For the whole family, as well as the reader, there is this sense of the heaviness of time. Death is the ultimate weight. Since much of this book is about preventing Kate’s death, there is a constant weight upon everyone’s shoulders. However, the family has hope and this hope is what allows them to relieve some of the weight. This hope lends to a sort of lightness. There is hope that Kate will get better, hope that the legal battle will work itself out and everything will be okay. Anna hopes for freedom. Jesse hopes to be noticed. The lawyer hopes to prove a point.
The fact that the children lose their innocence fast, implies that they lack a sort of lightness. Their worlds have been made heavy. Innocence, or lightness, is gone. The family must also cope with a harsh reality, where laughter and smiles are fleeting, and responsibility and hardship is a daily routine. Their worlds are heavy.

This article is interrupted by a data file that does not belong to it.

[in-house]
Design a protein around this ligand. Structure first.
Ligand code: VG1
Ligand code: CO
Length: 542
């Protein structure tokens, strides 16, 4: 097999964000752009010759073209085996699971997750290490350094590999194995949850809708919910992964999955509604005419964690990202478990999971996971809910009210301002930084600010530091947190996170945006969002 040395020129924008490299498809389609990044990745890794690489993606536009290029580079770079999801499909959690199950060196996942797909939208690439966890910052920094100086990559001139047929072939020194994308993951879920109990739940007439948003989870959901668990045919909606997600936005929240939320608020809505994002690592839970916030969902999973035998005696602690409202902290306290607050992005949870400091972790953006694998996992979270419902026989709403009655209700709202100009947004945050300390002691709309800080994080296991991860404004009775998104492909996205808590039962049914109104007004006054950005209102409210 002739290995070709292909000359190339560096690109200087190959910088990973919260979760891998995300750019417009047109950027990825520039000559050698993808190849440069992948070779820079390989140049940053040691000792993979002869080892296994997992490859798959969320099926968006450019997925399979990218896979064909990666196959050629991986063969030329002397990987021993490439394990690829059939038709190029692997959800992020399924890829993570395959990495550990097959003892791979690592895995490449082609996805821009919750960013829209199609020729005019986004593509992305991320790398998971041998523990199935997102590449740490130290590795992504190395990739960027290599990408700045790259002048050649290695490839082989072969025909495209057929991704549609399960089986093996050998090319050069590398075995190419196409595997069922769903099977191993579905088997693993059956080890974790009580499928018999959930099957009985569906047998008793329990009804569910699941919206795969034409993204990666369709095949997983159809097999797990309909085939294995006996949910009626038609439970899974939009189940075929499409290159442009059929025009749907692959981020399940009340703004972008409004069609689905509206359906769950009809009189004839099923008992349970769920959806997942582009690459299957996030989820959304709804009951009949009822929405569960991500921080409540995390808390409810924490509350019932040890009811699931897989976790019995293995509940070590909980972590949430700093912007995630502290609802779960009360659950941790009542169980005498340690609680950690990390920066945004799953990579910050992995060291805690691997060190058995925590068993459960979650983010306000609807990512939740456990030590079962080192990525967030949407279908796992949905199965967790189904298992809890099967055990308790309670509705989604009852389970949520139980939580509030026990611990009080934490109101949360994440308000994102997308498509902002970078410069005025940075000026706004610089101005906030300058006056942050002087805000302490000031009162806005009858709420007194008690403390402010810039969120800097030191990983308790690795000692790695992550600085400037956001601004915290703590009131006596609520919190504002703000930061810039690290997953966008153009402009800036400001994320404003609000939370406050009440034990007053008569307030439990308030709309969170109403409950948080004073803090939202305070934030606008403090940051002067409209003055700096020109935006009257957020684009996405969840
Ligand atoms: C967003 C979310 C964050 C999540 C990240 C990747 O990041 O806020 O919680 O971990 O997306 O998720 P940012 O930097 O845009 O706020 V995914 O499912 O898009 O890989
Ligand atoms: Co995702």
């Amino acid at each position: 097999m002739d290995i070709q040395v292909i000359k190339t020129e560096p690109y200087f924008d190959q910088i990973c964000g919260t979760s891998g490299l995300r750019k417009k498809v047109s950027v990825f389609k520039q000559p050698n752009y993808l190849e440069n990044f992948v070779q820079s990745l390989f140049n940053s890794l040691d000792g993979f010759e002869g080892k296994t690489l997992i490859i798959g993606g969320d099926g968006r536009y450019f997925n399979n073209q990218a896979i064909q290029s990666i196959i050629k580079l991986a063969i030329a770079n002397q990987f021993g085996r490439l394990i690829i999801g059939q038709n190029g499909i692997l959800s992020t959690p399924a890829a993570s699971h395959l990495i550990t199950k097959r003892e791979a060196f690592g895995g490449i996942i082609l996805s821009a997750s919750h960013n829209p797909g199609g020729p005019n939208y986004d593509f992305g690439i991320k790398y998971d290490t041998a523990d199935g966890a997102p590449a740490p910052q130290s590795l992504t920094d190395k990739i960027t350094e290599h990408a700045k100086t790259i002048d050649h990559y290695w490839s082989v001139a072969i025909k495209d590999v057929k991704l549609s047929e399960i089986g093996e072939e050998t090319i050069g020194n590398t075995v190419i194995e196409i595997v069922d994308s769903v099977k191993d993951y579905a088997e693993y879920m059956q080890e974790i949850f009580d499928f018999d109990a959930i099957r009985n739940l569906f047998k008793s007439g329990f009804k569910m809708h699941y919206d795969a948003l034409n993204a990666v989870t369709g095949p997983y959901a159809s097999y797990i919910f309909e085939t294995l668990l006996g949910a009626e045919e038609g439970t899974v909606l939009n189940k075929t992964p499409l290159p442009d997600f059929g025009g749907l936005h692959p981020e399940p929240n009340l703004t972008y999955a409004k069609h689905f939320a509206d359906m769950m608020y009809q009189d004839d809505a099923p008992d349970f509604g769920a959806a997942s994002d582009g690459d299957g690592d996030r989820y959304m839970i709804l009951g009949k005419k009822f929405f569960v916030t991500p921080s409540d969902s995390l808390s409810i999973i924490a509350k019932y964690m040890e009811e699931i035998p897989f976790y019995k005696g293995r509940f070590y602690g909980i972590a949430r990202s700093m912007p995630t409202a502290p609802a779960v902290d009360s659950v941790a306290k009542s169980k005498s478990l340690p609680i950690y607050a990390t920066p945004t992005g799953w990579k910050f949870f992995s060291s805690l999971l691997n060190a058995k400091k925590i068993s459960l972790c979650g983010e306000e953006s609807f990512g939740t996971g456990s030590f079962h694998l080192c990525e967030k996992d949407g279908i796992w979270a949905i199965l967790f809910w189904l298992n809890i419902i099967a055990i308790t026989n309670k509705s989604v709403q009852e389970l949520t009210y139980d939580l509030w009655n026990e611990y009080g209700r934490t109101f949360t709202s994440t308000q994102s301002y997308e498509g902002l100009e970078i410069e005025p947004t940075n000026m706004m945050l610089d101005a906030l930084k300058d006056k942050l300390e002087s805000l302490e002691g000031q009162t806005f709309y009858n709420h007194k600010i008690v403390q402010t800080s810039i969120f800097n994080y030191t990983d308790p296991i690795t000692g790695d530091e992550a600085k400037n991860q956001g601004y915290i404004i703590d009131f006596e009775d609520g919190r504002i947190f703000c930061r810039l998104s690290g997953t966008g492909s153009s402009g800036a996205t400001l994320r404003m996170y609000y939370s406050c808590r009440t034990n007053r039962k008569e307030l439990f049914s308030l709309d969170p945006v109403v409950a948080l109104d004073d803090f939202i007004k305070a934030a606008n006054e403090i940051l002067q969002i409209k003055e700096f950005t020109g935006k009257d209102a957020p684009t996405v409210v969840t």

Also, Jodi Picoult plays with lightness of language. She ends each section with a very deep comment, something heavy, that will impact readers. She does this so that readers can’t just move on without thinking. She wants them to take time to reflect and take the time to make “light” of the story line. She wants them to pick apart at the difficult and messy details, until they can come to a sort of understanding.
Not only does Picoult use language to portray lightness and heaviness, but the characters learn that words have weight. When Anna opens her mouth about how she feels, she realizes that her actions cannot be taken lightly. She can’t back down from them. Anna has to hold her ground, maintain her weight. However, there is this idea that with weight, comes visibility. It is only once she speaks, that she is really seen by her parents. Presence or lack of presence, is often determined by how light or heavy someone appears. At first, everyone makes decisions for Anna – she holds no weight or say. She is pretty much invisible, or light. However, once she makes her stance clear, her visibility thickens, hardens, and takes shape.